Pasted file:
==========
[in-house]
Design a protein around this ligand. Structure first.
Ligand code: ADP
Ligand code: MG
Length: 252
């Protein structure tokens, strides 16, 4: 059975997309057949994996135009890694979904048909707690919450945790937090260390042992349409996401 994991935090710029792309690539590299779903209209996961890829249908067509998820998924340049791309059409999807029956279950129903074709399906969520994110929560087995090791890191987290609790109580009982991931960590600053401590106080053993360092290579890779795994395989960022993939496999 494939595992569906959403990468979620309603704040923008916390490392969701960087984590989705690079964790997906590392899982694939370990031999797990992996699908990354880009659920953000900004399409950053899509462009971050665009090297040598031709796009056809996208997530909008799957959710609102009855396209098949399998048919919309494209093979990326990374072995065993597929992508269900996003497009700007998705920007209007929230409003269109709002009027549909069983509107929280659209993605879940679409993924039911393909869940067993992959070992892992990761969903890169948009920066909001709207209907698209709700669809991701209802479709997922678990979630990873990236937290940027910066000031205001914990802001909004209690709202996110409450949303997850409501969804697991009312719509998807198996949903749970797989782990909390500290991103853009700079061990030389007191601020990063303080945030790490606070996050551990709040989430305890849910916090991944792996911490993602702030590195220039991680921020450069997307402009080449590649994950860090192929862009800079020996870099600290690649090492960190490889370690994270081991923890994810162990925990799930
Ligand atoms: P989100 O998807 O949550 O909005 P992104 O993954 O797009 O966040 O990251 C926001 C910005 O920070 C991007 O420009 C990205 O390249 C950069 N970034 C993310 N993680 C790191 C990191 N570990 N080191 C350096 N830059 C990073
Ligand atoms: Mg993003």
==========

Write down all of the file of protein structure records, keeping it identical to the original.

[in-house]
Design a protein around this ligand. Structure first.
Ligand code: ADP
Ligand code: MG
Length: 252
């Protein structure tokens, strides 16, 4: 059975997309057949994996135009890694979904048909707690919450945790937090260390042992349409996401 994991935090710029792309690539590299779903209209996961890829249908067509998820998924340049791309059409999807029956279950129903074709399906969520994110929560087995090791890191987290609790109580009982991931960590600053401590106080053993360092290579890779795994395989960022993939496999 494939595992569906959403990468979620309603704040923008916390490392969701960087984590989705690079964790997906590392899982694939370990031999797990992996699908990354880009659920953000900004399409950053899509462009971050665009090297040598031709796009056809996208997530909008799957959710609102009855396209098949399998048919919309494209093979990326990374072995065993597929992508269900996003497009700007998705920007209007929230409003269109709002009027549909069983509107929280659209993605879940679409993924039911393909869940067993992959070992892992990761969903890169948009920066909001709207209907698209709700669809991701209802479709997922678990979630990873990236937290940027910066000031205001914990802001909004209690709202996110409450949303997850409501969804697991009312719509998807198996949903749970797989782990909390500290991103853009700079061990030389007191601020990063303080945030790490606070996050551990709040989430305890849910916090991944792996911490993602702030590195220039991680921020450069997307402009080449590649994950860090192929862009800079020996870099600290690649090492960190490889370690994270081991923890994810162990925990799930
Ligand atoms: P989100 O998807 O949550 O909005 P992104 O993954 O797009 O966040 O990251 C926001 C910005 O920070 C991007 O420009 C990205 O390249 C950069 N970034 C993310 N993680 C790191 C990191 N570990 N080191 C350096 N830059 C990073
Ligand atoms: Mg993003």